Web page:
Africa's Media Image
This is easily the best book on the market about how the Western media have covered or failed to cover Africa. Journal of Third World Studies Africa's Media Image is a comprehensive, interdisciplinary, authoritative, and scholarly survey of the complexities of African media coverage; it is highly recommended for library purchase or as a reading supplement for courses in mass communications, African studies, or international relations. Journal of Third World Studies
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This collection, arranged and edited by Beverly G. Hawk, examines media coverage of Africa by American television, newspapers, and magazines. Scholars and journalists of diverse experience engage in debate concerning U.S. media coverage of current events in Africa. As each African crisis appears in the headlines, scholars take the media to task for sensational and simplistic reporting. Journalists, in response, explain the constraints of censorship, reader interest, and media economics. Hawk's book demonstrates that academia and the press can inform each other to present a fuller and more sensitive picture of Africa today.
This volume will be of interest to scholars and practitioners in African studies, African politics, journalism, and international relations.
- Table of Contents
The Media Debate
Introduction: Metaphors of African Coverage by Beverly G. Hawk
American Media and African Culture by Bosah Ebo
Committed in Africa: Reflections of a Correspondent by Stanley Meisler
African Censorship and American Correspondents by William Hachten
Patterns in African Coverage
The Media and Mau Mau: Kenyan Nationalism and Colonial Propaganda by Wunyabari Maloba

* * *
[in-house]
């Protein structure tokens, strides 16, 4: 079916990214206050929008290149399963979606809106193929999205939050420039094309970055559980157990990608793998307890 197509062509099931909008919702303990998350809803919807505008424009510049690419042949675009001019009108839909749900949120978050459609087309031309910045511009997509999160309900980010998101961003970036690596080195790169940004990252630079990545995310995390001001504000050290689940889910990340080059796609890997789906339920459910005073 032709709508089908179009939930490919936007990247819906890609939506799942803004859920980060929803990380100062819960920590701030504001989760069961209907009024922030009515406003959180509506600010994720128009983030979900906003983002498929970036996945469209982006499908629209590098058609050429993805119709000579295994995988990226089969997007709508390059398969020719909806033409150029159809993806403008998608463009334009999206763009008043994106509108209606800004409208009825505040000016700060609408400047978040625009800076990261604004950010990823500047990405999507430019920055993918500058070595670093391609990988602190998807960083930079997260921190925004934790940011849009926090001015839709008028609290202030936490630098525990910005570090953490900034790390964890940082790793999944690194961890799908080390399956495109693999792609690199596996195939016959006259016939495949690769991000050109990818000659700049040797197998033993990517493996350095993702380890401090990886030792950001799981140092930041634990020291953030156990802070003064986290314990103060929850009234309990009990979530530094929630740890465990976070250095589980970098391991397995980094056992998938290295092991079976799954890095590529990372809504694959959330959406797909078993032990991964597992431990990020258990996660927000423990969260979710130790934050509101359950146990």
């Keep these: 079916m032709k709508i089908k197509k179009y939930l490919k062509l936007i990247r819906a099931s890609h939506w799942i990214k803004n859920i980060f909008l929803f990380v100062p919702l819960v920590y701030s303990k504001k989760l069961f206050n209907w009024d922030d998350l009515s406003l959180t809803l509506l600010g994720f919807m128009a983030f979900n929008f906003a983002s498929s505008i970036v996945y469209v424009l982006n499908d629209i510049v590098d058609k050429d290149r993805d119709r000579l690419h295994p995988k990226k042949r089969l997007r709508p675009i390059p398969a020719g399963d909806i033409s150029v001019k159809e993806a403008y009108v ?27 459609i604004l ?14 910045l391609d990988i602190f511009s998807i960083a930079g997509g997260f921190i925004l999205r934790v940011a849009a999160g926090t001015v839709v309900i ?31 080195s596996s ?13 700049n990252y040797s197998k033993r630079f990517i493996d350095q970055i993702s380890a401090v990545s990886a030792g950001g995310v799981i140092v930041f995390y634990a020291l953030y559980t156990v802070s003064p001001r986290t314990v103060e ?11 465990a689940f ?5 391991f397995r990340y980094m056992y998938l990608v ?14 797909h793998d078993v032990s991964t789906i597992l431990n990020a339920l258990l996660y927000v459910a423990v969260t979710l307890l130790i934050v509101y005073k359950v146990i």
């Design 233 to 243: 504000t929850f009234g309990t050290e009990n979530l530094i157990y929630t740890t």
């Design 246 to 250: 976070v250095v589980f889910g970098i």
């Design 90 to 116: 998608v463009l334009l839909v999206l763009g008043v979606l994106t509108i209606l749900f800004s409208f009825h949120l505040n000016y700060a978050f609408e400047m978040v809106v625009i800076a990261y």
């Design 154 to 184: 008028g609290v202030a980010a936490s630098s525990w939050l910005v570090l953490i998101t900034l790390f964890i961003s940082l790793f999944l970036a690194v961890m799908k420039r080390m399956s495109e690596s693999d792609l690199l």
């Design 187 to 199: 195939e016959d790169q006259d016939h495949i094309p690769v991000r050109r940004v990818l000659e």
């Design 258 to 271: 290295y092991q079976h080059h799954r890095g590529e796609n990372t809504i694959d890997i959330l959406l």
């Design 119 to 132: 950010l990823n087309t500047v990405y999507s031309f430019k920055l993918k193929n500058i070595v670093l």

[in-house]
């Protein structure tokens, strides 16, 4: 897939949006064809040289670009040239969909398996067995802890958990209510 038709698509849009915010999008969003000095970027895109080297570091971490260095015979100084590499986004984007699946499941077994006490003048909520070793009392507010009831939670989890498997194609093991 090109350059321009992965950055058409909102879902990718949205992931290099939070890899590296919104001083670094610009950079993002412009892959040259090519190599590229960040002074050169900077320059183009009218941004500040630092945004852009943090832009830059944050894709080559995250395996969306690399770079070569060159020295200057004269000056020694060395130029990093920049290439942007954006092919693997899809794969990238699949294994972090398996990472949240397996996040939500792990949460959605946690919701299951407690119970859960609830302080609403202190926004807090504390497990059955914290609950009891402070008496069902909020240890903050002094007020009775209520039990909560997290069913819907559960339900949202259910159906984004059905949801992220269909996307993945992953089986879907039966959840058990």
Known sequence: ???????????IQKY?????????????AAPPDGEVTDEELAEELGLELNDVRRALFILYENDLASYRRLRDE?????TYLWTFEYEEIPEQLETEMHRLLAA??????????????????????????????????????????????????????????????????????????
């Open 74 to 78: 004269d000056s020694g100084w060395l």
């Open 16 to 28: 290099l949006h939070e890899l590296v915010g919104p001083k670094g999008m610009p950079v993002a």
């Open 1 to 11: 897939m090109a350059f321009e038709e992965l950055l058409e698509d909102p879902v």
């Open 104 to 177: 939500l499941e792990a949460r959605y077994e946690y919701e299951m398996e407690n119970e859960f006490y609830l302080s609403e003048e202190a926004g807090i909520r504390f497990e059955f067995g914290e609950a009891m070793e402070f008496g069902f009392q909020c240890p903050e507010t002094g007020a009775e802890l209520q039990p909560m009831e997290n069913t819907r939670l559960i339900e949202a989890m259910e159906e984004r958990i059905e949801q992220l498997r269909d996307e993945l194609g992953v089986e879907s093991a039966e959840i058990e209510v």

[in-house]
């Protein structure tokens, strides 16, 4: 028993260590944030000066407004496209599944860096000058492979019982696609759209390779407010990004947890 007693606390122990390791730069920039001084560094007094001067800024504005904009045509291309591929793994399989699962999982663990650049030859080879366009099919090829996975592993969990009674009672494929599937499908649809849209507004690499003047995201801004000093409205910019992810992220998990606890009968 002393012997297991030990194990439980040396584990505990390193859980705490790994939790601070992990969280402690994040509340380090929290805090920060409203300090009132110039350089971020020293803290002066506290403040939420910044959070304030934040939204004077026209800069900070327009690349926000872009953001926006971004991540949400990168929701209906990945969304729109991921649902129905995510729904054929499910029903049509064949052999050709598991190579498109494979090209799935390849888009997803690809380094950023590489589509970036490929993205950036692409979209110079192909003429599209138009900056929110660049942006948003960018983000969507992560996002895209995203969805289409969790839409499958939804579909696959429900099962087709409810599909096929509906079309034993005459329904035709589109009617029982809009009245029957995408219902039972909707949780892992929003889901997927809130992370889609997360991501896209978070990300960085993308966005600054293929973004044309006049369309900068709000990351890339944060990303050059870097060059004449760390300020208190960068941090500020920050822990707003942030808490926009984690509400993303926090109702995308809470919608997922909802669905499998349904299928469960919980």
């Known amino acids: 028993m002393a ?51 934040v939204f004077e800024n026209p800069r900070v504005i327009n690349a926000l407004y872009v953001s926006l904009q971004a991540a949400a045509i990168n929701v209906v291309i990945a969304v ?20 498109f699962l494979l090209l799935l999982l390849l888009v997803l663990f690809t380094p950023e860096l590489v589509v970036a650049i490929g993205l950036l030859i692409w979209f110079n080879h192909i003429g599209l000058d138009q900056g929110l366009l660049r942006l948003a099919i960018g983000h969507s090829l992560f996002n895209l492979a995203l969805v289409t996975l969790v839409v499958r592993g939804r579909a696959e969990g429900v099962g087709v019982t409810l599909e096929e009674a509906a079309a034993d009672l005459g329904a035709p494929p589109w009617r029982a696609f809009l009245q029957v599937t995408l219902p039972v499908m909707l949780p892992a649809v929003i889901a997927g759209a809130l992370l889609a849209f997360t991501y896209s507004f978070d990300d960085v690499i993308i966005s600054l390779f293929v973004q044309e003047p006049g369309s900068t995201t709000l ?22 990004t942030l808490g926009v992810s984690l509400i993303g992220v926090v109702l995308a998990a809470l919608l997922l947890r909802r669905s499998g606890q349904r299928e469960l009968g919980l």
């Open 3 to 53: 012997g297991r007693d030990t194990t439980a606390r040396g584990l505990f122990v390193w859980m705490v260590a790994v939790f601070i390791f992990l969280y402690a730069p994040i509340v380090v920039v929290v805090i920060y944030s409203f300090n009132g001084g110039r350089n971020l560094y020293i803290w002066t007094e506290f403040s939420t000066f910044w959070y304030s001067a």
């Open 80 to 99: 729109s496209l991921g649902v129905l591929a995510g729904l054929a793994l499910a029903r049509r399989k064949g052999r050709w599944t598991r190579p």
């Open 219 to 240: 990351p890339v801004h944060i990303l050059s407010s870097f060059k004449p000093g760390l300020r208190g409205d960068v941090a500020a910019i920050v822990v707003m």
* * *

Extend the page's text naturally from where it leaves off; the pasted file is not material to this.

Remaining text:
Dateline Algeria: U.S. Press Coverage of the Algerian War of Independence 1954-1962 by Robert J. Bookmiller and Kirsten Nakjavani Bookmiller
Tribes and Prejudice: Coverage of the Nigerian Civil War by Minabere Ibelema
Reporting African Violence: Can America's Media Forget the Cold War? by Rodger M. Govea
Are We Really the World? Coverage of U.S. Food Aid in Africa, 1980-1989 by Jo Ellen Fair
African-American Press Coverage of Africa by Charles A. Bodie
New York Times Coverage of Africa, 1976-1990 by Hassan Mohammed El Zein and Anne Cooper
The Southern African Story
Inkatha: Notions of the "Primitive" and "Tribal" in Reporting on South Africa by Lisa Brock
Beyond Black and White: An Overview of Non-Racialism and the Image of Racial Polarization in South Africa by Julie Frederikse
Television News from the Frontline States by Chris Paterson
Savimbi's Image in the U.S. Media: A Case Study in Propaganda by Elaine Windrich
The South African Story: A Correspondent's View by David Zucchino
Changing African Coverage
Dateline Africa: Journalists Assess Africa Coverage by Tami Hultman
Changing Policy: An Editorial Agenda by Thomas Winship and Paul Hemp
South Africa Now: The Challenge of the South African Story by Danny Schechter
. . . examines media coverage of Africa in American TV, newspapers, and magazines.
Hawk presents a wide-ranging collection of essays on historical and contemporary topics. Media researchers, Africa specialists, editors, and correspondents debate the media's coverage of Africa and its effect on American views of the continent. The result is an important contribution to research on American journalism.
This volume will be of particular interest to North American journalism students and to western reporters and news organizations interested in breaking the destructive cycle of reporting and stereotyping so vividly described by its editor.
Beverly Hawk has produced an important collection of views and perspectives on the issue of how we perceive Africa, its people and their problems. This volume will be of particular interest to North American journalism students and to western reporters and news organizations.
This is easily the best book on the market about how the Western media have covered or failed to cover Africa. Africa's Media Image has done much to underline the faulty reporting that the continent has suffered. It has identified some of the problems. By documenting the problems, this book has opened the door to trying to find some solutions that would help improve coverage of Africa and other Third World areas.
Africa's Media Image is a comprehensive, interdisciplinary, authoritative, and scholarly survey of the complexities of African media coverage; it is highly recommended for library purchase or as a reading supplement for courses in mass communications, African studies, or international relations.
Society of Professional Journalists' Sigma Delta Chi Award —